Photographer Russell Brown took a tour of southeast Australia recently (we just missed each other when I was down there), and stopped in the evening on Aug. 6, 2013 to take some pictures of the sky over a beach in Torquay, Victoria. He set up the camera, his wife stood on the sand, and what he got when he took the shot was fairly magical:
Lovely! The silhouette of his wife evokes interesting feelings in me: It’s brooding, contemplative. And the sky over her—you can see the bright star Achernar to the left (I saw this myself the first morning I was in Oz) and the Large Magellanic Cloud, a dwarf companion galaxy to our own, on the right.
I found the colors mesmerizing, and I asked Brown if they were real (the purple and pink might be an aurora, I ventured). He told he had enhanced them for effect, and sent me the original too:
Ah, I see. The colors are far more muted in the original but still there. The purplish hue may still be from an aurora, but it’s hard to say for sure. Torquay is at a latitude of -38 degrees, which is a bit far north to see aurorae, but not out of the question. But looking south from that location, the nearest land is Tasmania, a couple of hundred kilometers away. I have a hard time thinking light pollution from there would cause that glow.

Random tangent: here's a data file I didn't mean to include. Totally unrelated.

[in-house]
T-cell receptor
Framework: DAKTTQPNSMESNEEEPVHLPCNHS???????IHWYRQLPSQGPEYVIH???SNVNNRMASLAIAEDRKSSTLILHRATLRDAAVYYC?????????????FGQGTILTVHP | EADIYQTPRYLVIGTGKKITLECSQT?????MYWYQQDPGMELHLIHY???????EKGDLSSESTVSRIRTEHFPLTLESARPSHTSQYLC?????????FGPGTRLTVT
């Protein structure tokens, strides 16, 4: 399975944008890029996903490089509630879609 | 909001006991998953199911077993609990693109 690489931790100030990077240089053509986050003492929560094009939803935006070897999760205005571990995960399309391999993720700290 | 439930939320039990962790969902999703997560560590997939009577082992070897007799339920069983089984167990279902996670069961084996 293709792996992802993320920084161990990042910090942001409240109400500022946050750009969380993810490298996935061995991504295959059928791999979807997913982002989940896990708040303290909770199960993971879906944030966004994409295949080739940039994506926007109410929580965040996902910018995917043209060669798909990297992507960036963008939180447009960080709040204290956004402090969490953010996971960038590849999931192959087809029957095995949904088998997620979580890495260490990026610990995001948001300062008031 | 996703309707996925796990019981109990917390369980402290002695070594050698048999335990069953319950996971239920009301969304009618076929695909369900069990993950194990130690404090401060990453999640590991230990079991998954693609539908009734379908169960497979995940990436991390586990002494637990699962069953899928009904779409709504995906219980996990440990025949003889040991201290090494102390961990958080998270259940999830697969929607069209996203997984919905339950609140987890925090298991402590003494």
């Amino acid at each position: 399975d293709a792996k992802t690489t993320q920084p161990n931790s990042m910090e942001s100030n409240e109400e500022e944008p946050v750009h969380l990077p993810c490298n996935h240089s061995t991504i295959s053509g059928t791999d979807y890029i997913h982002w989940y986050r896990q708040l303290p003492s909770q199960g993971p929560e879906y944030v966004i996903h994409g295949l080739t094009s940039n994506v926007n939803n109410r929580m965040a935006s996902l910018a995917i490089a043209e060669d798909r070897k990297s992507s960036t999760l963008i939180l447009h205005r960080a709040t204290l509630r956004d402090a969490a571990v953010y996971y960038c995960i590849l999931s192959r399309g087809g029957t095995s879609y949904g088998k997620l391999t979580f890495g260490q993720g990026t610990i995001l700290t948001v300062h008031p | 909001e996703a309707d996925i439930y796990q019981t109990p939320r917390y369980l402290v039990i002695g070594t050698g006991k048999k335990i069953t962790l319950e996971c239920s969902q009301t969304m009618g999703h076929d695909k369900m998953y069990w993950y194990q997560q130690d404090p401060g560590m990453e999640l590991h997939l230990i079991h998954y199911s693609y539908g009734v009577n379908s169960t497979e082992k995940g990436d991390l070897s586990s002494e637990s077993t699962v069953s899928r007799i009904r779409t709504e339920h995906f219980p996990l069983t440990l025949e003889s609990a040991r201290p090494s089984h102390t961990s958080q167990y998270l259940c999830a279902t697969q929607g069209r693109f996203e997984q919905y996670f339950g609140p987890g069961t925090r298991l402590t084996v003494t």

This has me thinking once again about raw photography versus enhancing an image. Every picture you see, ever, is affected in some way by the lens, the camera, the processing done after. Nothing is exactly as your eye sees it. If someone fiddles with an image but doesn’t change the actual content to the point where it’s no longer faithfully representing what’s seen, then I’m OK with it. I’m even fine if they do as long as they say so up front and don’t try to pass it off as “real” (whatever that might mean).
In this case Brown was clear, and the enhancement does add an artistry to the original that I rather like (I prefer the color of the sky in the original but the color of the water in the enhanced version, to be honest). It also makes me miss southern skies even more.